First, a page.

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Science News Archive - June 12, 2009

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According to science academies from across the globe, rich and developing nations need to lead the transition to a low-carbon economy to help fight the effects of climate change.

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During the thick of the banking crisis last year, many of the key financial players supporting US solar energy projects scrambled, abandoning these ventures.

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According to a new study, researchers say that deforesting large swathes of the Amazon to clear land for cattle and soy does not bring long-term economic progress.

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The zebra mussels that have wreaked ecological havoc on the Great Lakes are harder to find these days — not because they are dying off, but because they are being replaced by a cousin, the quagga mussel. But zebra mussels still dominate in fast-moving streams and rivers.

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The world is a perilous place for the endangered manatee.

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Fingerprints mark us out as individuals and leave telltale signs of our presence on every object that we touch, but what are fingerprints really for?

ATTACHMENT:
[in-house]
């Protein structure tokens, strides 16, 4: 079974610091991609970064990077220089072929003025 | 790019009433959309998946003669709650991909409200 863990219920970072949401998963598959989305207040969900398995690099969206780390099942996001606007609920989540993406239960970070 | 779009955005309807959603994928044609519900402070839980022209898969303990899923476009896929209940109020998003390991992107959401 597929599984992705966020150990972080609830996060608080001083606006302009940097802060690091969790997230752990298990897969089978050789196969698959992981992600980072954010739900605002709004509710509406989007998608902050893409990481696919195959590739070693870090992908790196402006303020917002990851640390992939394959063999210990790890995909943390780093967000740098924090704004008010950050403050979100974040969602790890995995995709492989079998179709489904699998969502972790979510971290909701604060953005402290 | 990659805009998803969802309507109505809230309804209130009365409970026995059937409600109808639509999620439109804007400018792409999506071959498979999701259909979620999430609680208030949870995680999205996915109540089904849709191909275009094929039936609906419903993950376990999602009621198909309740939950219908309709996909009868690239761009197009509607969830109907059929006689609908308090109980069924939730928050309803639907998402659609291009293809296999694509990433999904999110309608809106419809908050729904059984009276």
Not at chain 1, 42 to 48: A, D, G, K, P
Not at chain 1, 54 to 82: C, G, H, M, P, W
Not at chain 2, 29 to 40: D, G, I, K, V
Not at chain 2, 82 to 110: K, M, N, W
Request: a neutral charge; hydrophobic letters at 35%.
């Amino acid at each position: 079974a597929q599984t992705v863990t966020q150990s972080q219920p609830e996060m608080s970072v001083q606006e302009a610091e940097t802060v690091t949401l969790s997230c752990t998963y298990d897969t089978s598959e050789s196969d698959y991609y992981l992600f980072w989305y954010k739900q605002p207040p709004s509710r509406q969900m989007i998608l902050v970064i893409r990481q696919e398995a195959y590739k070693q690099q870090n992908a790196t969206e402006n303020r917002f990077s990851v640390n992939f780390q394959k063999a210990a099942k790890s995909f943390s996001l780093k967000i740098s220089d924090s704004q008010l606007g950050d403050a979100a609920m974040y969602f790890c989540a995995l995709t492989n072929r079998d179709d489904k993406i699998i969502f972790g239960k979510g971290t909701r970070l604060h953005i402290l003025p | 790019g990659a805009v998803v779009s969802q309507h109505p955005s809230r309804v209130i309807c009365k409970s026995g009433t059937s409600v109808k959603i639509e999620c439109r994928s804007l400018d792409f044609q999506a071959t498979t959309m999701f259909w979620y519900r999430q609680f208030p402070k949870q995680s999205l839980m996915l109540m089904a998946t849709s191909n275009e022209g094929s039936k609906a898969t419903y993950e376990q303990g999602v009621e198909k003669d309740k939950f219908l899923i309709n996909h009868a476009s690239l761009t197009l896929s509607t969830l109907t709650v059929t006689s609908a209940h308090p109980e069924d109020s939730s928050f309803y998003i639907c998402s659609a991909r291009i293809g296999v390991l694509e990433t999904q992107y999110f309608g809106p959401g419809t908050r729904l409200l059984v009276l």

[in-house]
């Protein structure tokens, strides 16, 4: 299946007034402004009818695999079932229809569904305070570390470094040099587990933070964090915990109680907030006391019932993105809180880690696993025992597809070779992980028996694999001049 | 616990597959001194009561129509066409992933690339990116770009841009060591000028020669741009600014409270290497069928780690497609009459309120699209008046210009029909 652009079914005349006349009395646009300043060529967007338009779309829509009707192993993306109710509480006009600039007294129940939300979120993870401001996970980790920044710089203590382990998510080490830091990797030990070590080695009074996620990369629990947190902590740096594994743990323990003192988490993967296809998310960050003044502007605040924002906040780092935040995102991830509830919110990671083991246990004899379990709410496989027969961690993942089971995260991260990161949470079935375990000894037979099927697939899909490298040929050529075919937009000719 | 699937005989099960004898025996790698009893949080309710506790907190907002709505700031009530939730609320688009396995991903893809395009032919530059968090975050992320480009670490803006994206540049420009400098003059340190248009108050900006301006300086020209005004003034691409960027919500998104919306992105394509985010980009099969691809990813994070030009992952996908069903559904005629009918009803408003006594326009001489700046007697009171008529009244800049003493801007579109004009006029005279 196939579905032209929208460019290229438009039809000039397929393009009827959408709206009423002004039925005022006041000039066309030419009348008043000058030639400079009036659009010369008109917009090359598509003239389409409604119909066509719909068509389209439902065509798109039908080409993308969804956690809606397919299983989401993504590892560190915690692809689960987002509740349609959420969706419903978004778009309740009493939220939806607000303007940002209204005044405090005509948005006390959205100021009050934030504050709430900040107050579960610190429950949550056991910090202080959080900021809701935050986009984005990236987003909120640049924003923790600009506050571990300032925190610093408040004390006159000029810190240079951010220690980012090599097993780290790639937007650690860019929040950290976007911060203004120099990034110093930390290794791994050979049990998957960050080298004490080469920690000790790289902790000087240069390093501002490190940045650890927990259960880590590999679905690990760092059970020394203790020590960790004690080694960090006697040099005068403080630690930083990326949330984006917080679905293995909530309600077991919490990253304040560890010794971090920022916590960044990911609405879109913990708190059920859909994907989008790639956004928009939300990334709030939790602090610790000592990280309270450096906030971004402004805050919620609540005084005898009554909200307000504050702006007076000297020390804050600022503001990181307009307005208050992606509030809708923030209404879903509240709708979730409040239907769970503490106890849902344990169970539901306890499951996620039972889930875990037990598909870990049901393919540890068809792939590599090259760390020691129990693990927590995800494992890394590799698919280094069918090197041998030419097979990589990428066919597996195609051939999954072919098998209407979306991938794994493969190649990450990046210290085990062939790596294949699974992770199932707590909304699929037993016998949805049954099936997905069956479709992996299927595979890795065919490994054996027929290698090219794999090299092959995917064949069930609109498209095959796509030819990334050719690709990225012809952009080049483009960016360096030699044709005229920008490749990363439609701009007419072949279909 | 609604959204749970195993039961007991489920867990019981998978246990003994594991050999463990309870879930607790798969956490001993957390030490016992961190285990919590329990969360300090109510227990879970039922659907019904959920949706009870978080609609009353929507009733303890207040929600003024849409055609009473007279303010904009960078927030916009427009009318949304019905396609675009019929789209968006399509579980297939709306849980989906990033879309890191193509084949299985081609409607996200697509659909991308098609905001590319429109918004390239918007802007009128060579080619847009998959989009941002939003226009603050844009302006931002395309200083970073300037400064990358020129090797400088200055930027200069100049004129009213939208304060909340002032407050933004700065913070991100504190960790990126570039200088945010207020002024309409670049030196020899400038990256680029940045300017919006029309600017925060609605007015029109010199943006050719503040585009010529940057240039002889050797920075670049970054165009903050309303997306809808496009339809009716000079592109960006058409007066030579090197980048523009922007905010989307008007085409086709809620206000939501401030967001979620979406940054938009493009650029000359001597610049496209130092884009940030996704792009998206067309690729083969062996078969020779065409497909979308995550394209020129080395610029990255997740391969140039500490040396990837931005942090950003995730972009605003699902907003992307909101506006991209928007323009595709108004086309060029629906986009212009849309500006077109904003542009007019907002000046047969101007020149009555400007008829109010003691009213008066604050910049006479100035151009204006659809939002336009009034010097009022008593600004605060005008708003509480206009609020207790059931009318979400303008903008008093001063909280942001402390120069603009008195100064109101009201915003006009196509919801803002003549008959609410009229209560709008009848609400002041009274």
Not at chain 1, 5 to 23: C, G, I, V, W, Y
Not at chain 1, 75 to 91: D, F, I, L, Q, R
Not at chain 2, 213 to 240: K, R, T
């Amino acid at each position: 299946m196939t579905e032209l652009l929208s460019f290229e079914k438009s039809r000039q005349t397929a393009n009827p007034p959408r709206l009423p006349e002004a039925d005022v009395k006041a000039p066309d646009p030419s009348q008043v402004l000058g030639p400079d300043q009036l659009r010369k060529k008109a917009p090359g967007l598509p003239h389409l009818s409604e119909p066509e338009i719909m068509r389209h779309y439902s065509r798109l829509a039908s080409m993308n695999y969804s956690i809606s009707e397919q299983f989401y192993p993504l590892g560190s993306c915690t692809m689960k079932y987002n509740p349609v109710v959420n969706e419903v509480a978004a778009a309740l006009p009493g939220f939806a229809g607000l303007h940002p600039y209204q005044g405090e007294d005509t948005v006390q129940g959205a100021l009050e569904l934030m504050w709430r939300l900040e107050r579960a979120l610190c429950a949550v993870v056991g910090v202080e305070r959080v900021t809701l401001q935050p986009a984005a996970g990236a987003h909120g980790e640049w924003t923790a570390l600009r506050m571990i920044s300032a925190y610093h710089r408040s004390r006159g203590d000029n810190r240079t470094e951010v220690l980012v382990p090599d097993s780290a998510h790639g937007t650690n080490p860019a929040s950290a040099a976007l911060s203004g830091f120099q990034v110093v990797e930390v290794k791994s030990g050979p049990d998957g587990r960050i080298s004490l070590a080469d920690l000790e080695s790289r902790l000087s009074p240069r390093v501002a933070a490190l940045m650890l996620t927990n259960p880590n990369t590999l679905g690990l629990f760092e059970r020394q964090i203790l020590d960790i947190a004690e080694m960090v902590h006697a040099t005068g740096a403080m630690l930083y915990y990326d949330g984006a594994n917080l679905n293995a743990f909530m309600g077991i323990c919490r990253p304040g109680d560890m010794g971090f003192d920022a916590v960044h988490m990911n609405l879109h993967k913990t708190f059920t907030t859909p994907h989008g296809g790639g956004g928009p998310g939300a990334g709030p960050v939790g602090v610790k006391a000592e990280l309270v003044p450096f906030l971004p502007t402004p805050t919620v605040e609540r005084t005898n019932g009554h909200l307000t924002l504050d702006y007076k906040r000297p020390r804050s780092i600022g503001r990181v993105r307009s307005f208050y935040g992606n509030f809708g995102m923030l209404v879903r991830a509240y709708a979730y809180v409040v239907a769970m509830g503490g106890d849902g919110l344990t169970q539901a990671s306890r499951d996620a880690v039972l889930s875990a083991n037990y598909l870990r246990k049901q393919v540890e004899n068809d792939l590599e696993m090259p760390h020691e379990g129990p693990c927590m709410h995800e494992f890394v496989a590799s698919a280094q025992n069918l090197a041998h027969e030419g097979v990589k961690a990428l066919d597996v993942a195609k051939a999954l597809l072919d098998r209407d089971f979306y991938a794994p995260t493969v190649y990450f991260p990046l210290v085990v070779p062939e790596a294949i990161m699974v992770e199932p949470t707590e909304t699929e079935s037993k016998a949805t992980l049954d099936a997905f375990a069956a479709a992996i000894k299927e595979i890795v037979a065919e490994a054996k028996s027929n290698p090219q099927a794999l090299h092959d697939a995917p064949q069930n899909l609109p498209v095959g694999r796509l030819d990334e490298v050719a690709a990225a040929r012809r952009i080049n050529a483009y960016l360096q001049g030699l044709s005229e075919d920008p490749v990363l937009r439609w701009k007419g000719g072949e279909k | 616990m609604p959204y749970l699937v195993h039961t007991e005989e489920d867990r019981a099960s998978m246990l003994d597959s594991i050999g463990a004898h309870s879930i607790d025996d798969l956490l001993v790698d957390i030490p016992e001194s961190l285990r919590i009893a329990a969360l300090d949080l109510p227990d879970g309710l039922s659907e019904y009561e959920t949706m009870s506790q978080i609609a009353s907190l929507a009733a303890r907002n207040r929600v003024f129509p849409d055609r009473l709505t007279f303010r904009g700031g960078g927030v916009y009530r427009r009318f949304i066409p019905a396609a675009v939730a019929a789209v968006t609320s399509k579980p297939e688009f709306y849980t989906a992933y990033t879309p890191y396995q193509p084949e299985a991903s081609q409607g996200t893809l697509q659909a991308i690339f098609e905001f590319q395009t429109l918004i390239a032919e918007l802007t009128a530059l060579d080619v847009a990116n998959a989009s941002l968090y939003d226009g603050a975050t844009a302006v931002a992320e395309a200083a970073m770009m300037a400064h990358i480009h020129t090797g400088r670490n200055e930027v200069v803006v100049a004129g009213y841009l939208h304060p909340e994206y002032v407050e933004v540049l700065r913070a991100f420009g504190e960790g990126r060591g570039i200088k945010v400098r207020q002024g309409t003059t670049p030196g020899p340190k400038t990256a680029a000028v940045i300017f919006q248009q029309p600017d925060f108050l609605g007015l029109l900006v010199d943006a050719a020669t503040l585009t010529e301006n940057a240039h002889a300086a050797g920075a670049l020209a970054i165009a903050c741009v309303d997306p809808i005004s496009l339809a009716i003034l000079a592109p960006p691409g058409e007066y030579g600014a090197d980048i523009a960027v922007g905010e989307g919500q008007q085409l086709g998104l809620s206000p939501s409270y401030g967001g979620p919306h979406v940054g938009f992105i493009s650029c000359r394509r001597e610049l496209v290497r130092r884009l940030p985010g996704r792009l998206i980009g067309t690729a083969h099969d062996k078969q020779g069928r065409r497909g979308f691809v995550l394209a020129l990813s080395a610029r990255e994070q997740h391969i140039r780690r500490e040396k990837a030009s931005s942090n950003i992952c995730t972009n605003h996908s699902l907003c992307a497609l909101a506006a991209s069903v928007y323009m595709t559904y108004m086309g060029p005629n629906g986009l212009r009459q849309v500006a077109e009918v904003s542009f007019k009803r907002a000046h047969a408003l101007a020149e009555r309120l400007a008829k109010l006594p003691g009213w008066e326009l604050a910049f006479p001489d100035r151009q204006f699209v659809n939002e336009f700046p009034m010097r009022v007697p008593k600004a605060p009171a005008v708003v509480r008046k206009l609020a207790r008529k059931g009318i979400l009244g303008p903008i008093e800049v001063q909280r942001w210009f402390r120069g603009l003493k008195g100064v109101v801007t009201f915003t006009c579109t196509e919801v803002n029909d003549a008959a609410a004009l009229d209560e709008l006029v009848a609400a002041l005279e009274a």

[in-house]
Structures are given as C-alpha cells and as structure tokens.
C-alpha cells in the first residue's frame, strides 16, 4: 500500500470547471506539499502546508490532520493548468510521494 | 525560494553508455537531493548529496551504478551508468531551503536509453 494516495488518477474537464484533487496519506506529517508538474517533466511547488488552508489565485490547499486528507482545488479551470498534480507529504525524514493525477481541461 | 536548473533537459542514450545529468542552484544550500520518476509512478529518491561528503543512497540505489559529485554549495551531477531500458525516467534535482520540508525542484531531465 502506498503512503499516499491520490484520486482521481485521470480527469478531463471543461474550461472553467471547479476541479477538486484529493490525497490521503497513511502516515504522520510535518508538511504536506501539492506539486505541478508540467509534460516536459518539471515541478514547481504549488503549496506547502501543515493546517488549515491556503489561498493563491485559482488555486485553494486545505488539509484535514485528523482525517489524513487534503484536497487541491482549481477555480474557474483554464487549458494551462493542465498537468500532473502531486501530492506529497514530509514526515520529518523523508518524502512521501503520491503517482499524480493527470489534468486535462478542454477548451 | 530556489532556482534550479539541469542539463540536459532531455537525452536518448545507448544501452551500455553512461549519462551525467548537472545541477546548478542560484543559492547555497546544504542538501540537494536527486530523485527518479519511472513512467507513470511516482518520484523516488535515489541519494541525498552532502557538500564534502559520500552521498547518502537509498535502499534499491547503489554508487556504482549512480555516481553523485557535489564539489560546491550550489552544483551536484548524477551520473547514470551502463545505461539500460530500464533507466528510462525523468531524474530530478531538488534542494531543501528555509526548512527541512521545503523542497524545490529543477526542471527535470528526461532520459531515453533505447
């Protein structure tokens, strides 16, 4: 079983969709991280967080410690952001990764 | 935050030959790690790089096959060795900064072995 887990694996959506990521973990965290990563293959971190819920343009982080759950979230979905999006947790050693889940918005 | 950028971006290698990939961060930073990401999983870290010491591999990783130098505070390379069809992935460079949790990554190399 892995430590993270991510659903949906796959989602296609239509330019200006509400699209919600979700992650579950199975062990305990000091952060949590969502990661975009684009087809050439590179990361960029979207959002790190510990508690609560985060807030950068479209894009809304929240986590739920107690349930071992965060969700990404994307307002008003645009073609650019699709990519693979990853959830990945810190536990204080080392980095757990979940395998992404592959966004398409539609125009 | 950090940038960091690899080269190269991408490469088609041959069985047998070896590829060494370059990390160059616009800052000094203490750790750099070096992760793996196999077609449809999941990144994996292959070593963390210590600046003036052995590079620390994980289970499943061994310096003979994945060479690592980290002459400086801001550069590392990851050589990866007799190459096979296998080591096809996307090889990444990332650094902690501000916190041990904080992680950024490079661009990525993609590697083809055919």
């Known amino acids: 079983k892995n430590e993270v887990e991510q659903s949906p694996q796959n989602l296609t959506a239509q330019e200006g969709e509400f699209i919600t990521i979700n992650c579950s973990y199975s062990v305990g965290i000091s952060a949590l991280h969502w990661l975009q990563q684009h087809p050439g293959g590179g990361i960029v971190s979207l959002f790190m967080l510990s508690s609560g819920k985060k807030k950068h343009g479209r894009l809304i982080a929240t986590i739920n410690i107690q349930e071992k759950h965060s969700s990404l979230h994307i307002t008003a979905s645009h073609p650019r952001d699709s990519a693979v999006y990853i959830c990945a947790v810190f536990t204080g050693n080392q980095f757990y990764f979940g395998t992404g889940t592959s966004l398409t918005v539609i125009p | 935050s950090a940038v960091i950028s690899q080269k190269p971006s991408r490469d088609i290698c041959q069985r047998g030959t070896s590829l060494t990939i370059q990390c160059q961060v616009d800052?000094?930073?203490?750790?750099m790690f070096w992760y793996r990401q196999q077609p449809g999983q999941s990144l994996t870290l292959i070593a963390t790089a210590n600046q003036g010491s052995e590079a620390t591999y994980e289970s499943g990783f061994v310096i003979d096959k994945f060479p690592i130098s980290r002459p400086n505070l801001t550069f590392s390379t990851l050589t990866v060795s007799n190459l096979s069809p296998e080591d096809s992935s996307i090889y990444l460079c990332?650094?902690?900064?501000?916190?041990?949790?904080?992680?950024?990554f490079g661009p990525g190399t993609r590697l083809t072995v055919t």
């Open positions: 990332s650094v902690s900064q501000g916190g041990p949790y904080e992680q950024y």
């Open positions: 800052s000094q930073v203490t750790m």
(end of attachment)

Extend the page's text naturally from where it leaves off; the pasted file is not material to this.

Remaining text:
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The Greenland ice sheet is melting faster than expected according to a new study led by a University of Alaska Fairbanks researcher and published in the journal Hydrological Processes.

A team of Scripps Research scientists has created a new analog to DNA that assembles and disassembles itself without the need for enzymes.

It may not be the Yeti, but in a remote region of the Russian mountains a previously unknown and entirely unique form of plant root has been discovered. Lead Scientist Professor Hans Cornelissen and his Russian-Dutch team describe this finding today in Ecology Letters.

Researchers in the Department of Cardiovascular Sciences at the University of Leicester are developing a new way to make protein based drugs with potential applications in stroke, vascular inflammation, blood vessel formation, regenerative medicine and tissue engineering.

Word of the Day
malpais
  • The ragged surface of a lava-flow.
'Malpais' translates from Spanish as 'bad land.'